Olentzero, the Basque Santa

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Basque children can´t complain when it comes to receiving presents…they get them from two sources: one is the Olentzero (on Dec 25), and the other one are the Three Wise Men or the Three Magic Kings (on Jan 6)…dates that are very conveniently separated in time.

The first character is the coalmaker that lives up in the woods in the Basque mountains, and descends to town to give presents to the children on Christmas Eve. He smokes in a pipe, is normally dressed in traditional costumes and wears a Basque beret. He even has a girlfriend, Maridomingi, that wears the weirdest hat…Originally he was not very smart, a big eater and drinker and his intentions towards children were not the best (I´m not talking about paedofilia here, it´s more crime and assassination….). And he smokes in pipe!!!!

Olentzero´s house can be visited and all kids are most welcome. It´s located in a very old farm house in the centre of Mungia and it´s like a Basque mythological theme park (in a very local and modest way) that shows Basque children an important part of our myths and legends, www.izenaduba.com.

Olentzero is part of the pre-Christian pagan traditions in the Basque Country, that lost its importance throughout the centuries and was rapidly substituted by the Three Magic Kings, the most popular present bearers in Spain. Nowadays both characters represent a peaceful conviviality in the innocent children´s minds, and both have their big parade in all towns prior to the magic night.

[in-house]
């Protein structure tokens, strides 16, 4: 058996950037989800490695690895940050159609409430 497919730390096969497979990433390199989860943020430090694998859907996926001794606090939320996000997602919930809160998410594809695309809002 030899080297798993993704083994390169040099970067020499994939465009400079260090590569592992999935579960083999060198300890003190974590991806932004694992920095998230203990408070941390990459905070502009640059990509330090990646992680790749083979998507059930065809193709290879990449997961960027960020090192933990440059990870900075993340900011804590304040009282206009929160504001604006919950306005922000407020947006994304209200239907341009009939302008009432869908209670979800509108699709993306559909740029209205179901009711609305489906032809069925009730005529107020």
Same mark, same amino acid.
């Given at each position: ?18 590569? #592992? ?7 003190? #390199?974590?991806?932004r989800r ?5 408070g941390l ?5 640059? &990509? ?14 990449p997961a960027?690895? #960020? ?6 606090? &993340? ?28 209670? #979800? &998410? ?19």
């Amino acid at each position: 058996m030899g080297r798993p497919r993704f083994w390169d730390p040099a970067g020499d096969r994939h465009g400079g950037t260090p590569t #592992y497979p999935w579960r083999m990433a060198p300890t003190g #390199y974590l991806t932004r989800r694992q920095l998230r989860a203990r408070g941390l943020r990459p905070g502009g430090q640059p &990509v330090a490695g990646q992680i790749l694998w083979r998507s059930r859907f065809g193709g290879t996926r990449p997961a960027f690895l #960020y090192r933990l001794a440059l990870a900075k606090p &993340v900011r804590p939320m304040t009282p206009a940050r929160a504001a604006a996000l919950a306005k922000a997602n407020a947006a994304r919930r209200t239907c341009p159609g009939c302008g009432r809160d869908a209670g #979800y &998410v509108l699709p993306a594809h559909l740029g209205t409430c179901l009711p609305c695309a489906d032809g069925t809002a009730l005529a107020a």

Basque Sports…Overly Popular Over the Centuries

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Basques are famous all over Spain because we are considered to be very strong (a myth? maybe…) and big lovers of traditions. That mixture is represented on Basque sports, that are mainly based on strength. There are dozens of sports that are regularly played in local leagues. The most known is Basque Pelota (handball), you´ll surely notice that there´s a frontón (wall for handball) in every Basque town, no matter its size. Pelota has many varieties, it´s played not only with the hands, but also with “palas” (a very narrow wooden racket), “cesta punta”, “xare”,…in long and short frontones. Some examples here and here

Also, rural sports such as stone lifting (in its many varieties, too, with different weights, sizes, shapes,…), Stone lifting or stone pulling (men, oxen or donkeys…), grass cutting, wood axe cutting, etc…, are played (and we love to bet on them) throughout the year and mostly in summertime at the town festivals. Something very interesting and a centuries old tradition. Video here (what sounds in the back is a traditional Basque instrument, the Txalaparta)

Another one very popular is the “estropadak” or “traineras”, that is, a rowing boat competition in open sea. There´s a league that starts in spring and ends in summer, and the most important competition takes place in September in the Concha estuary in San Sebastián. The winner gets a Flag (and money, too). Some videos here. We just love to keep traditions alive.